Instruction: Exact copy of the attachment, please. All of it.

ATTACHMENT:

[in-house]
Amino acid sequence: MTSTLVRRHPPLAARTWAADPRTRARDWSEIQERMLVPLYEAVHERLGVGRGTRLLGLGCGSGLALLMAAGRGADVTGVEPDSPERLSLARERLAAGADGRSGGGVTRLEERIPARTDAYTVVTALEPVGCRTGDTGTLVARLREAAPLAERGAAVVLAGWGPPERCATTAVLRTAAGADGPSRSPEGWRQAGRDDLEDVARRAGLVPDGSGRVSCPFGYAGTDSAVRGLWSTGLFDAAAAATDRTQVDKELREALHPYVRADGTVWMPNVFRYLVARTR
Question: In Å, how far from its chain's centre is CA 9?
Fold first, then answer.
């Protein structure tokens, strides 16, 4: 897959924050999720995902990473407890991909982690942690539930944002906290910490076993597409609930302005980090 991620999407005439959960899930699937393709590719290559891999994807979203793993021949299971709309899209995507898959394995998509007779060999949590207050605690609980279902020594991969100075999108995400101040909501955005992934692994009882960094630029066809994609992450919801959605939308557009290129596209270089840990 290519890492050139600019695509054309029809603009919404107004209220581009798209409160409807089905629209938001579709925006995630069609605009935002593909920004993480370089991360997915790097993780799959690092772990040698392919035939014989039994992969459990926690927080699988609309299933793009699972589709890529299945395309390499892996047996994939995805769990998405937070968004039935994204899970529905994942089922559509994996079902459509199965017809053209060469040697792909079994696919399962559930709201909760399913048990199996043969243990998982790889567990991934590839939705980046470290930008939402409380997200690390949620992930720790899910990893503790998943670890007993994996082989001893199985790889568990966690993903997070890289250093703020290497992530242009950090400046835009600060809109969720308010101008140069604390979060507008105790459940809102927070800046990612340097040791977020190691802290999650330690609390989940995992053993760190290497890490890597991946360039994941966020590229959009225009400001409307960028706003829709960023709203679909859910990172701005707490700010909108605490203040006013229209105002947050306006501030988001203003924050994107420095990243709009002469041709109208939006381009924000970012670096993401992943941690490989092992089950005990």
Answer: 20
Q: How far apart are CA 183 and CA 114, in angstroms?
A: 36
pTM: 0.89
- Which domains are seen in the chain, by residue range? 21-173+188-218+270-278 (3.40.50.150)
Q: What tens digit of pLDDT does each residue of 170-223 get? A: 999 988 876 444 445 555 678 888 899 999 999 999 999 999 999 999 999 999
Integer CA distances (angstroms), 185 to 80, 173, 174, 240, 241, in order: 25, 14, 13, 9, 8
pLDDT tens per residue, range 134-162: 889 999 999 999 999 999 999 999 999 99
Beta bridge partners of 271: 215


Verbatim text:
[in-house]
Amino acid sequence: MTSTLVRRHPPLAARTWAADPRTRARDWSEIQERMLVPLYEAVHERLGVGRGTRLLGLGCGSGLALLMAAGRGADVTGVEPDSPERLSLARERLAAGADGRSGGGVTRLEERIPARTDAYTVVTALEPVGCRTGDTGTLVARLREAAPLAERGAAVVLAGWGPPERCATTAVLRTAAGADGPSRSPEGWRQAGRDDLEDVARRAGLVPDGSGRVSCPFGYAGTDSAVRGLWSTGLFDAAAAATDRTQVDKELREALHPYVRADGTVWMPNVFRYLVARTR
Question: In Å, how far from its chain's centre is CA 9?
Fold first, then answer.
């Protein structure tokens, strides 16, 4: 897959924050999720995902990473407890991909982690942690539930944002906290910490076993597409609930302005980090 991620999407005439959960899930699937393709590719290559891999994807979203793993021949299971709309899209995507898959394995998509007779060999949590207050605690609980279902020594991969100075999108995400101040909501955005992934692994009882960094630029066809994609992450919801959605939308557009290129596209270089840990 290519890492050139600019695509054309029809603009919404107004209220581009798209409160409807089905629209938001579709925006995630069609605009935002593909920004993480370089991360997915790097993780799959690092772990040698392919035939014989039994992969459990926690927080699988609309299933793009699972589709890529299945395309390499892996047996994939995805769990998405937070968004039935994204899970529905994942089922559509994996079902459509199965017809053209060469040697792909079994696919399962559930709201909760399913048990199996043969243990998982790889567990991934590839939705980046470290930008939402409380997200690390949620992930720790899910990893503790998943670890007993994996082989001893199985790889568990966690993903997070890289250093703020290497992530242009950090400046835009600060809109969720308010101008140069604390979060507008105790459940809102927070800046990612340097040791977020190691802290999650330690609390989940995992053993760190290497890490890597991946360039994941966020590229959009225009400001409307960028706003829709960023709203679909859910990172701005707490700010909108605490203040006013229209105002947050306006501030988001203003924050994107420095990243709009002469041709109208939006381009924000970012670096993401992943941690490989092992089950005990």
Answer: 20
Q: How far apart are CA 183 and CA 114, in angstroms?
A: 36
pTM: 0.89
- Which domains are seen in the chain, by residue range? 21-173+188-218+270-278 (3.40.50.150)
Q: What tens digit of pLDDT does each residue of 170-223 get? A: 999 988 876 444 445 555 678 888 899 999 999 999 999 999 999 999 999 999
Integer CA distances (angstroms), 185 to 80, 173, 174, 240, 241, in order: 25, 14, 13, 9, 8
pLDDT tens per residue, range 134-162: 889 999 999 999 999 999 999 999 999 99
Beta bridge partners of 271: 215